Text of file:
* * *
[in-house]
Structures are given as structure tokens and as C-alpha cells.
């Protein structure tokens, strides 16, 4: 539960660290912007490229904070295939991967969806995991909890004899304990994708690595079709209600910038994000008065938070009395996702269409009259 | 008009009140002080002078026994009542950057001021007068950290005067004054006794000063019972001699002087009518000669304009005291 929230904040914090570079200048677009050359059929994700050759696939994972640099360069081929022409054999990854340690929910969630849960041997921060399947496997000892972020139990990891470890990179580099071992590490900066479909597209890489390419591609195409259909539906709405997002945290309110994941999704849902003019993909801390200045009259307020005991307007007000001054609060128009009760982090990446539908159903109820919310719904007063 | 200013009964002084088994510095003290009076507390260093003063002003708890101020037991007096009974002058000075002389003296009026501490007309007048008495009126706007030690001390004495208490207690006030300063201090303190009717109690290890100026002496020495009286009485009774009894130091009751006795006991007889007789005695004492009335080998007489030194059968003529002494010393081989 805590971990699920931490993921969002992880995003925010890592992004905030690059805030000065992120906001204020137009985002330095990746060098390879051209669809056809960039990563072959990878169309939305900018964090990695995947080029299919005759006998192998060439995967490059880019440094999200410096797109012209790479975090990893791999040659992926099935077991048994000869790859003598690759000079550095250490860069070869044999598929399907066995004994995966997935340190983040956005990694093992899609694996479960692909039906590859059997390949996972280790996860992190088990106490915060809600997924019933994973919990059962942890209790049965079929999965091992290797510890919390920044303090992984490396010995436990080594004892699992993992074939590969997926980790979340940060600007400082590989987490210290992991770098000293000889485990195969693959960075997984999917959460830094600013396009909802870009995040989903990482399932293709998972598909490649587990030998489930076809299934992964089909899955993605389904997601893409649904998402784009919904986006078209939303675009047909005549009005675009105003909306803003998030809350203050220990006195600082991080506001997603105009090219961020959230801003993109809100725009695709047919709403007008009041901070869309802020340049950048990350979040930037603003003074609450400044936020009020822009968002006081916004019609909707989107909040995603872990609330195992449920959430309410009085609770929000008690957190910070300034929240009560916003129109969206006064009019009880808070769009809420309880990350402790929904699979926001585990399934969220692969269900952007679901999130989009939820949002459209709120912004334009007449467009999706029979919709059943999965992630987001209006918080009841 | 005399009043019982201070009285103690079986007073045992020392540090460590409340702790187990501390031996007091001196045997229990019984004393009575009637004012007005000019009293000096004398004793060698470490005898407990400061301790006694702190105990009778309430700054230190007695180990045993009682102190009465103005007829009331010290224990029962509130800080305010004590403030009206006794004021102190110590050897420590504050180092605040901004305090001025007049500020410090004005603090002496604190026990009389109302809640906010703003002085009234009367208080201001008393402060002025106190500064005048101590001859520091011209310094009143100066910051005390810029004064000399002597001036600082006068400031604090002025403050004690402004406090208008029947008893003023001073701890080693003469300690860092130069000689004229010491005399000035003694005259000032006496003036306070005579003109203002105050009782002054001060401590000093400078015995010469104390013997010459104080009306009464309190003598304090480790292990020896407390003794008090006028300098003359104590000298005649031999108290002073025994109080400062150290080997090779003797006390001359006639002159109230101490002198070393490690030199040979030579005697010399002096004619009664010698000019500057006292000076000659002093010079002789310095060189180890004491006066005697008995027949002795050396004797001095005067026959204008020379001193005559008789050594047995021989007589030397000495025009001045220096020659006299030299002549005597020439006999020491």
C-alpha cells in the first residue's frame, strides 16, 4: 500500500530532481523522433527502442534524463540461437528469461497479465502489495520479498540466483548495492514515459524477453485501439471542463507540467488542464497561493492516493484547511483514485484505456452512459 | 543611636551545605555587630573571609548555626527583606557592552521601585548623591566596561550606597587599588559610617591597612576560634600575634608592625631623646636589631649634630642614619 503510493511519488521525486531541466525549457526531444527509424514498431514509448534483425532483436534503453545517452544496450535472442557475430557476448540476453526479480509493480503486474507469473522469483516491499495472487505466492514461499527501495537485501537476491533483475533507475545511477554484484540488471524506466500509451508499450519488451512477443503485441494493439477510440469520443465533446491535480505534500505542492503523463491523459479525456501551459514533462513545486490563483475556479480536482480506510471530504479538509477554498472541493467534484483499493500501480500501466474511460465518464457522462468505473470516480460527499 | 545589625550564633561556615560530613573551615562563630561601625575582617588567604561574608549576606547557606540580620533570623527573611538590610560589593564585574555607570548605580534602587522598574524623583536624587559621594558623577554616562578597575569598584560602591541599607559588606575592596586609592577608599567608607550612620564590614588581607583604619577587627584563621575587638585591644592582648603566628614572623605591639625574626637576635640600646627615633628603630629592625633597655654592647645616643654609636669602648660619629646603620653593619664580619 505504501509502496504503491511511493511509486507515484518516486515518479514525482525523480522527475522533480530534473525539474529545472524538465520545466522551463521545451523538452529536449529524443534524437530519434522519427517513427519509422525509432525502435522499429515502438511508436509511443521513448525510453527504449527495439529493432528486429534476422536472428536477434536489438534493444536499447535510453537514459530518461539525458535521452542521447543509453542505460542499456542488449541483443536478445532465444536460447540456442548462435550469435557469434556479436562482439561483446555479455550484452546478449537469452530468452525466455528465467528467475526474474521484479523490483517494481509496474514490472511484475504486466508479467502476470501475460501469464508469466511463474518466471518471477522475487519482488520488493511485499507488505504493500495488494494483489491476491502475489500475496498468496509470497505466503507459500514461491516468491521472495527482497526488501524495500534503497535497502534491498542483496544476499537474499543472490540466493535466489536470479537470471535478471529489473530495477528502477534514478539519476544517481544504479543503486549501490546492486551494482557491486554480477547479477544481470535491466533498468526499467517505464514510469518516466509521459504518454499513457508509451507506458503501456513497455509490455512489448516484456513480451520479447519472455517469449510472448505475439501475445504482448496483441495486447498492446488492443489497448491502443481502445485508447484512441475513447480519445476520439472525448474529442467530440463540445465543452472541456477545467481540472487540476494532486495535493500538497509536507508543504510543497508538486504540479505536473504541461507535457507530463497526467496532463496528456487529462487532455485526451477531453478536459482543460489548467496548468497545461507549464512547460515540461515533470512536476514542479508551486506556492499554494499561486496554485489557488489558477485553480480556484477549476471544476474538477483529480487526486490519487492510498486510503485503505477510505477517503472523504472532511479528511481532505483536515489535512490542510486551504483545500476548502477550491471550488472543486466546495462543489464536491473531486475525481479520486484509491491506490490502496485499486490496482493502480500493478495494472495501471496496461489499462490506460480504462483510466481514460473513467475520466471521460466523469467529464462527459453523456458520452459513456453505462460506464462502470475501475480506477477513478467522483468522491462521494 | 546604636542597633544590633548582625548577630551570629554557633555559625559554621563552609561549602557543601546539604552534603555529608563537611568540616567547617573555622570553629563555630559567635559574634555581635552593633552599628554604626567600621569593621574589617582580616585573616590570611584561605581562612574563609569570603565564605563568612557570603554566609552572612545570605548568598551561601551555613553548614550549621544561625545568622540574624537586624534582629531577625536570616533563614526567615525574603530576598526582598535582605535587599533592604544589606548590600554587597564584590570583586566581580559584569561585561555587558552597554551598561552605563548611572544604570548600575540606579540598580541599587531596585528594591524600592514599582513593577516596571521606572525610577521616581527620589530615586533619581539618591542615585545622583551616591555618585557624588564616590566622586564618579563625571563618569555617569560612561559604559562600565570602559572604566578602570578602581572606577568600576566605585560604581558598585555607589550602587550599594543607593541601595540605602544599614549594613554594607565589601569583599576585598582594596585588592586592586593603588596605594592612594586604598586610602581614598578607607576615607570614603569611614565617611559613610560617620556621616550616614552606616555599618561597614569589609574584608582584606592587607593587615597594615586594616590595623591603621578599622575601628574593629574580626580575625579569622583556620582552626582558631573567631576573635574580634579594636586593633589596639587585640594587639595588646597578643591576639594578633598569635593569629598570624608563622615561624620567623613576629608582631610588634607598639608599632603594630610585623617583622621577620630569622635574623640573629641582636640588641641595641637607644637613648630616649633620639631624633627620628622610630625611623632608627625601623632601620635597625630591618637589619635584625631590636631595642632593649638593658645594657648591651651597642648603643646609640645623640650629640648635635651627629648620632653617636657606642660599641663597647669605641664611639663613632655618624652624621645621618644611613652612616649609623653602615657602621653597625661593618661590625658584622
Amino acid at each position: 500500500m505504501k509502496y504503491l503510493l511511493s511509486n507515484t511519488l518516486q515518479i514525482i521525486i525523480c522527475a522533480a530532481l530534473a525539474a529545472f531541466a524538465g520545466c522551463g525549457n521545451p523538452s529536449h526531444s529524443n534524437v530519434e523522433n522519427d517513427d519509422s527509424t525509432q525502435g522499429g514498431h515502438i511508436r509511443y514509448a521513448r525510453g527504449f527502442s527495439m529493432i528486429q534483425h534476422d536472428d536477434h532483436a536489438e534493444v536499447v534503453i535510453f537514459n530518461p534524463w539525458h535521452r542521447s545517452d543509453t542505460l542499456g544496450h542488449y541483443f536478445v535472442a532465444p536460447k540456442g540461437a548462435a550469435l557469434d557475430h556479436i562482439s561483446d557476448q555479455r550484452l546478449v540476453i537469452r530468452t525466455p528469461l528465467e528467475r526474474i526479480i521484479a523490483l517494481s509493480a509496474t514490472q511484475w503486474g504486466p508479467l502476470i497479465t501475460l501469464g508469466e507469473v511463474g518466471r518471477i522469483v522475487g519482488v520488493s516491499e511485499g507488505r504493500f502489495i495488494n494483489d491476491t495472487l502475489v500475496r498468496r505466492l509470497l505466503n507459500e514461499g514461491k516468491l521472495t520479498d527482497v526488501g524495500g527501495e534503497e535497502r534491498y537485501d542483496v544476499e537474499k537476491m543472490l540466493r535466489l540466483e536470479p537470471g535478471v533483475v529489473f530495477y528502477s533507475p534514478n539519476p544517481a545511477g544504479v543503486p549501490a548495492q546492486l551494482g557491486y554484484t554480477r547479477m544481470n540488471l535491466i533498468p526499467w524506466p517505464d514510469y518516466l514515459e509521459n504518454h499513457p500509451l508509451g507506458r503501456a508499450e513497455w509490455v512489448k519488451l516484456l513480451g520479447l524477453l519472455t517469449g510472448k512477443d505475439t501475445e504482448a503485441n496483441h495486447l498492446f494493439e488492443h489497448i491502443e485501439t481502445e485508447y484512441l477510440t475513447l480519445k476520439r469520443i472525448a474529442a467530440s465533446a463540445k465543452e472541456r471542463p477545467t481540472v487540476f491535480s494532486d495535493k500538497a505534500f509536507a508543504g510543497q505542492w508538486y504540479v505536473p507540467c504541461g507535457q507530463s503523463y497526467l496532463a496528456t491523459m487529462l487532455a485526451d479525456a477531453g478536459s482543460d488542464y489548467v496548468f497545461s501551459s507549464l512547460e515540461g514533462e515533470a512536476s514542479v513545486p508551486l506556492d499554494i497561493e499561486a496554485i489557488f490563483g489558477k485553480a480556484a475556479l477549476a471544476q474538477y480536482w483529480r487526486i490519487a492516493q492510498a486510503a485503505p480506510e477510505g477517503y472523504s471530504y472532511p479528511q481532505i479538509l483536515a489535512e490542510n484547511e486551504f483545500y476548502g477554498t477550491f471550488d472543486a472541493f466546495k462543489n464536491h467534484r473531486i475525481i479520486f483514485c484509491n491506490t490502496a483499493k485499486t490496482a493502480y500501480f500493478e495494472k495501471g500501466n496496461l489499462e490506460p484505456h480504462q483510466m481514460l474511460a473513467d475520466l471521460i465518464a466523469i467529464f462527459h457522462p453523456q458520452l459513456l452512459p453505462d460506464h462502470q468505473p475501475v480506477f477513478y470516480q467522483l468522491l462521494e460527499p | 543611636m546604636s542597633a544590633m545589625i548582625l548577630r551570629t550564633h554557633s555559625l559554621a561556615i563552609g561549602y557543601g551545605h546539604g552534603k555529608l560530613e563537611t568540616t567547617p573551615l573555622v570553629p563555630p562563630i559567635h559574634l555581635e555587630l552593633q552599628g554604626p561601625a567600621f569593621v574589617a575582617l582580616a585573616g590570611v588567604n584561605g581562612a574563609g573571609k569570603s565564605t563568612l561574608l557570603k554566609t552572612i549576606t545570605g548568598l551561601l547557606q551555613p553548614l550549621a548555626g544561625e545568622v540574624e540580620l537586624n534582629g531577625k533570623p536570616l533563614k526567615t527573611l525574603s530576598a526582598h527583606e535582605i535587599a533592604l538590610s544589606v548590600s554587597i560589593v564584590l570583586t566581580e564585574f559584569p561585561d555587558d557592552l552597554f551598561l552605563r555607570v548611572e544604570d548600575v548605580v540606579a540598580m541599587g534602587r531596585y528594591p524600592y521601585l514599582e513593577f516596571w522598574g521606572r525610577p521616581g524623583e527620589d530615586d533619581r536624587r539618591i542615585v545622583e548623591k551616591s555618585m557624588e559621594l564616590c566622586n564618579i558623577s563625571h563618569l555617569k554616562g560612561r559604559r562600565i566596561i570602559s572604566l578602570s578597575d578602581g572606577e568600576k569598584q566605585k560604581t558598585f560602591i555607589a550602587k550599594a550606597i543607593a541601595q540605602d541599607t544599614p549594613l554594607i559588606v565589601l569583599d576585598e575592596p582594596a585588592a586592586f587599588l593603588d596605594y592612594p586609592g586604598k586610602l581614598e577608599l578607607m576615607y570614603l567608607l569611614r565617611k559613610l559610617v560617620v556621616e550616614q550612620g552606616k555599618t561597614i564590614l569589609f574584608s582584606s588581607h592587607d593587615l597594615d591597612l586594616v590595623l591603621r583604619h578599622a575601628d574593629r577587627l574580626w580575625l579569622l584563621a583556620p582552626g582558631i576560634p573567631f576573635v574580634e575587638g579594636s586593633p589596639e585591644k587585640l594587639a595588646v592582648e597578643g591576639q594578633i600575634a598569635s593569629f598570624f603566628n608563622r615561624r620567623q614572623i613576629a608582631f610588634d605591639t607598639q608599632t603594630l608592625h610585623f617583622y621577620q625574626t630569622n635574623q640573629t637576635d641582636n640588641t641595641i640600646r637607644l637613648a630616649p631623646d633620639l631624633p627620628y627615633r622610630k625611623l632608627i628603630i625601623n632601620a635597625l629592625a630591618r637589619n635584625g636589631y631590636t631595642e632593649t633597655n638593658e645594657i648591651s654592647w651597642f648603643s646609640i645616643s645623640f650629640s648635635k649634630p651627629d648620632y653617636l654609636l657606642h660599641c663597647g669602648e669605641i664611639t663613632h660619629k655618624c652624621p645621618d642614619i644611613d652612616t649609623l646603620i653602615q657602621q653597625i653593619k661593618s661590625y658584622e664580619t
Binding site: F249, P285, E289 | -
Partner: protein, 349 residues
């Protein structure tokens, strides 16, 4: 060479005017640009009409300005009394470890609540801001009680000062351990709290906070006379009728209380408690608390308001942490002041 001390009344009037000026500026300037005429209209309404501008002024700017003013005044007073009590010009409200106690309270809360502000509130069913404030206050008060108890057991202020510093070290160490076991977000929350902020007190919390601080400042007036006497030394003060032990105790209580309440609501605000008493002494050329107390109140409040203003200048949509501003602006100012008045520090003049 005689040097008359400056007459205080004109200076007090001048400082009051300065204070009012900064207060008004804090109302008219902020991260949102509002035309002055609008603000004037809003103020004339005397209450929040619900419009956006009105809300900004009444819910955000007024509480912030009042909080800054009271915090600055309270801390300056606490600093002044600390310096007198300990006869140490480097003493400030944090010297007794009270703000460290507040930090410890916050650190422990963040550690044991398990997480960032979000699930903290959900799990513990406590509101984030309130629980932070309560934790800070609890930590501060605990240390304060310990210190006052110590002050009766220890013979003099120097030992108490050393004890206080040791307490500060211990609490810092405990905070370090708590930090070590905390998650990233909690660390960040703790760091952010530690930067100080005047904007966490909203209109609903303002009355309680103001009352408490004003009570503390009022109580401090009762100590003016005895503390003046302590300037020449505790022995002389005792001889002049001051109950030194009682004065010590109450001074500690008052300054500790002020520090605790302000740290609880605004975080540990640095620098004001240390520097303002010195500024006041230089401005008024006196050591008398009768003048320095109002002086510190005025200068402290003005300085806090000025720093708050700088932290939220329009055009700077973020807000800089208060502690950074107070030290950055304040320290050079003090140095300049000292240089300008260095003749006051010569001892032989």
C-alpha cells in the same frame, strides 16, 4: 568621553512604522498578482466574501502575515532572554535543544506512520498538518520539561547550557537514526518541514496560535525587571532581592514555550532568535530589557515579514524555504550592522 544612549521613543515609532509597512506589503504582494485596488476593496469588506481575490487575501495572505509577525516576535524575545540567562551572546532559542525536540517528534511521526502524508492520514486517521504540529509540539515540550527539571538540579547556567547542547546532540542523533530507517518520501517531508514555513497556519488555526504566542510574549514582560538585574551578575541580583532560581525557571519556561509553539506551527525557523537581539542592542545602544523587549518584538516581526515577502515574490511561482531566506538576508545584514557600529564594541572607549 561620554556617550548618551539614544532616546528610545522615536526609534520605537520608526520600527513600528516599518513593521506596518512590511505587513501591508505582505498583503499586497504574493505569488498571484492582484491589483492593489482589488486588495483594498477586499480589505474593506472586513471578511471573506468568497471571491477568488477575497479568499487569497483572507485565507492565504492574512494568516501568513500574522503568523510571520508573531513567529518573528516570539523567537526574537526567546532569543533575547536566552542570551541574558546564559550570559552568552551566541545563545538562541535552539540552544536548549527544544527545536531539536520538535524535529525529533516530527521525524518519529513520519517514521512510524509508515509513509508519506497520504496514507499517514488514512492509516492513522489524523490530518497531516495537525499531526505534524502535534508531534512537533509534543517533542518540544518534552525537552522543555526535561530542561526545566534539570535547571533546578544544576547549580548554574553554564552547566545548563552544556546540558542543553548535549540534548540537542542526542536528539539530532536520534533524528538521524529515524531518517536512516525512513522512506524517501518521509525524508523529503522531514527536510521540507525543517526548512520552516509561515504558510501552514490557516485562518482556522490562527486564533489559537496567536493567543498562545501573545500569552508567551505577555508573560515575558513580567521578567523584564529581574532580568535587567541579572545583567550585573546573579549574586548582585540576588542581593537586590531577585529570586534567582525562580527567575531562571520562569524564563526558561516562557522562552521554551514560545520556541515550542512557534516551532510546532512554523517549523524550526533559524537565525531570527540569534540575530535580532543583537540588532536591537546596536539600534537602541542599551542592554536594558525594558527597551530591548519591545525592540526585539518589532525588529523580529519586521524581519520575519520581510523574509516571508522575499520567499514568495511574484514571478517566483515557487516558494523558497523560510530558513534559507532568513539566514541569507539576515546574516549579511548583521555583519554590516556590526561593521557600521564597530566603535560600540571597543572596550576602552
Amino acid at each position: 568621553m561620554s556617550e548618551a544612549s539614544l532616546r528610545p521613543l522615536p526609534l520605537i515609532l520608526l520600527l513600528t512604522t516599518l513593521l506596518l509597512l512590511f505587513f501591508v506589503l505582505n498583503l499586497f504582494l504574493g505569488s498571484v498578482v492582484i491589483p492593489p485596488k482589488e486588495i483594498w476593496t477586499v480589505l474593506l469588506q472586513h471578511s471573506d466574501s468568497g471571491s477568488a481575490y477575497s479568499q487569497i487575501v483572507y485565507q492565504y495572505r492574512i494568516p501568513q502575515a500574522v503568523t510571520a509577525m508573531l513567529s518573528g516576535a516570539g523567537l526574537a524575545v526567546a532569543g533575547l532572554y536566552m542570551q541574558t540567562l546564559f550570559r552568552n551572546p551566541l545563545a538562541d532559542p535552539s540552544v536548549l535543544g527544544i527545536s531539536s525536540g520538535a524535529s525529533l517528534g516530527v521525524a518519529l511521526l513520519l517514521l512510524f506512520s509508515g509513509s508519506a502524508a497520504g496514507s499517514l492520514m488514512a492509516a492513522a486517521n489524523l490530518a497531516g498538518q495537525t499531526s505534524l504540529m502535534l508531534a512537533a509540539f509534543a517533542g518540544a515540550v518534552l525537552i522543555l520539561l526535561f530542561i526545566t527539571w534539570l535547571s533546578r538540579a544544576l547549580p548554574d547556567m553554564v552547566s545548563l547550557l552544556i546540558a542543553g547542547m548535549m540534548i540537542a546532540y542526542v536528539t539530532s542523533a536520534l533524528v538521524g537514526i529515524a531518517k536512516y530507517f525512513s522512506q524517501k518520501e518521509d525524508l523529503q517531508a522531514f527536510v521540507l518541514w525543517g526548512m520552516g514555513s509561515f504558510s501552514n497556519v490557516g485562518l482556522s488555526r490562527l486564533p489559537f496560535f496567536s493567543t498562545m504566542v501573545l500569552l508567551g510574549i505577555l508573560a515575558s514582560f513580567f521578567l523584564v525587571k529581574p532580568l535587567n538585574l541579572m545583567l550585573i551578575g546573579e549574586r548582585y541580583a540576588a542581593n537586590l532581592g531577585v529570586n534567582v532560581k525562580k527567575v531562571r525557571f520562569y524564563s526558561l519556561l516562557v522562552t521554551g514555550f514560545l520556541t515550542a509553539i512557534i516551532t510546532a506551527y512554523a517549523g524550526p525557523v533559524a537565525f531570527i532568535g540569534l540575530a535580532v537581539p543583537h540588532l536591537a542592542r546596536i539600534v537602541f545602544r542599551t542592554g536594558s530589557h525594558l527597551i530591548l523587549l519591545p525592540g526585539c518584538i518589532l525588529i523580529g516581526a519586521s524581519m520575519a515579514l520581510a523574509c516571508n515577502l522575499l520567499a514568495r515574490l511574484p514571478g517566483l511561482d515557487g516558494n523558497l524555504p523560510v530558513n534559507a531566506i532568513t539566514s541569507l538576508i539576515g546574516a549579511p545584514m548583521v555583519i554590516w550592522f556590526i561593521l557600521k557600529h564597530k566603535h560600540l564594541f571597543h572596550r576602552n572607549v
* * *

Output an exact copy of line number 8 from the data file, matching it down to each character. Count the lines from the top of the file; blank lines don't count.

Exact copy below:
């Protein structure tokens, strides 16, 4: 060479005017640009009409300005009394470890609540801001009680000062351990709290906070006379009728209380408690608390308001942490002041 001390009344009037000026500026300037005429209209309404501008002024700017003013005044007073009590010009409200106690309270809360502000509130069913404030206050008060108890057991202020510093070290160490076991977000929350902020007190919390601080400042007036006497030394003060032990105790209580309440609501605000008493002494050329107390109140409040203003200048949509501003602006100012008045520090003049 005689040097008359400056007459205080004109200076007090001048400082009051300065204070009012900064207060008004804090109302008219902020991260949102509002035309002055609008603000004037809003103020004339005397209450929040619900419009956006009105809300900004009444819910955000007024509480912030009042909080800054009271915090600055309270801390300056606490600093002044600390310096007198300990006869140490480097003493400030944090010297007794009270703000460290507040930090410890916050650190422990963040550690044991398990997480960032979000699930903290959900799990513990406590509101984030309130629980932070309560934790800070609890930590501060605990240390304060310990210190006052110590002050009766220890013979003099120097030992108490050393004890206080040791307490500060211990609490810092405990905070370090708590930090070590905390998650990233909690660390960040703790760091952010530690930067100080005047904007966490909203209109609903303002009355309680103001009352408490004003009570503390009022109580401090009762100590003016005895503390003046302590300037020449505790022995002389005792001889002049001051109950030194009682004065010590109450001074500690008052300054500790002020520090605790302000740290609880605004975080540990640095620098004001240390520097303002010195500024006041230089401005008024006196050591008398009768003048320095109002002086510190005025200068402290003005300085806090000025720093708050700088932290939220329009055009700077973020807000800089208060502690950074107070030290950055304040320290050079003090140095300049000292240089300008260095003749006051010569001892032989």